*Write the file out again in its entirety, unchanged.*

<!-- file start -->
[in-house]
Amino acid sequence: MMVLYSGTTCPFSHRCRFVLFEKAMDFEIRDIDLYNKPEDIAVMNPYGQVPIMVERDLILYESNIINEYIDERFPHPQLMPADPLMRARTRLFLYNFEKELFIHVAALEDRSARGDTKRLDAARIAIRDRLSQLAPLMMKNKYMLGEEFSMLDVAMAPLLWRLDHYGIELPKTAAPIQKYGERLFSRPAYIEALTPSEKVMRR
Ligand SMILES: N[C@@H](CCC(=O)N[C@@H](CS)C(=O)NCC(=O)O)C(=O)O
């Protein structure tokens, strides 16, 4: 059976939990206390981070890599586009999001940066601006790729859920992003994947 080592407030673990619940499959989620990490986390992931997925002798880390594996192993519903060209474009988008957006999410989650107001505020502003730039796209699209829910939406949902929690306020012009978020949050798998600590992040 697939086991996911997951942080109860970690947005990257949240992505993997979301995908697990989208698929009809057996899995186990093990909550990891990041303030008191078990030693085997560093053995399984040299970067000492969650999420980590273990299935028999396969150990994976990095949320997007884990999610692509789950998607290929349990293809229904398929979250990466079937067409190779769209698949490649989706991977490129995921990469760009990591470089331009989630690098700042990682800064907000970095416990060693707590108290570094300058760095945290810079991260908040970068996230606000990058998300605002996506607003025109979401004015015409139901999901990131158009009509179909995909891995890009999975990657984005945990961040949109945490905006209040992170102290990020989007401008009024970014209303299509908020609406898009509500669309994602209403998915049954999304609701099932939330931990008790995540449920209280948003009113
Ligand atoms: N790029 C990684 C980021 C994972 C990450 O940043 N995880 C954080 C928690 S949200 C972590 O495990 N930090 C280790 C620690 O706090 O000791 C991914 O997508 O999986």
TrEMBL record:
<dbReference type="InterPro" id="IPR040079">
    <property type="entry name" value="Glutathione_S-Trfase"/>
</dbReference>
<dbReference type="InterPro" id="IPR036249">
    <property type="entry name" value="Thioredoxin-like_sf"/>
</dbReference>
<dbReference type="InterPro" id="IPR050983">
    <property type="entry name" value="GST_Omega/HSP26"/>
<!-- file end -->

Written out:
[in-house]
Amino acid sequence: MMVLYSGTTCPFSHRCRFVLFEKAMDFEIRDIDLYNKPEDIAVMNPYGQVPIMVERDLILYESNIINEYIDERFPHPQLMPADPLMRARTRLFLYNFEKELFIHVAALEDRSARGDTKRLDAARIAIRDRLSQLAPLMMKNKYMLGEEFSMLDVAMAPLLWRLDHYGIELPKTAAPIQKYGERLFSRPAYIEALTPSEKVMRR
Ligand SMILES: N[C@@H](CCC(=O)N[C@@H](CS)C(=O)NCC(=O)O)C(=O)O
């Protein structure tokens, strides 16, 4: 059976939990206390981070890599586009999001940066601006790729859920992003994947 080592407030673990619940499959989620990490986390992931997925002798880390594996192993519903060209474009988008957006999410989650107001505020502003730039796209699209829910939406949902929690306020012009978020949050798998600590992040 697939086991996911997951942080109860970690947005990257949240992505993997979301995908697990989208698929009809057996899995186990093990909550990891990041303030008191078990030693085997560093053995399984040299970067000492969650999420980590273990299935028999396969150990994976990095949320997007884990999610692509789950998607290929349990293809229904398929979250990466079937067409190779769209698949490649989706991977490129995921990469760009990591470089331009989630690098700042990682800064907000970095416990060693707590108290570094300058760095945290810079991260908040970068996230606000990058998300605002996506607003025109979401004015015409139901999901990131158009009509179909995909891995890009999975990657984005945990961040949109945490905006209040992170102290990020989007401008009024970014209303299509908020609406898009509500669309994602209403998915049954999304609701099932939330931990008790995540449920209280948003009113
Ligand atoms: N790029 C990684 C980021 C994972 C990450 O940043 N995880 C954080 C928690 S949200 C972590 O495990 N930090 C280790 C620690 O706090 O000791 C991914 O997508 O999986």
TrEMBL record:
<dbReference type="InterPro" id="IPR040079">
    <property type="entry name" value="Glutathione_S-Trfase"/>
</dbReference>
<dbReference type="InterPro" id="IPR036249">
    <property type="entry name" value="Thioredoxin-like_sf"/>
</dbReference>
<dbReference type="InterPro" id="IPR050983">
    <property type="entry name" value="GST_Omega/HSP26"/>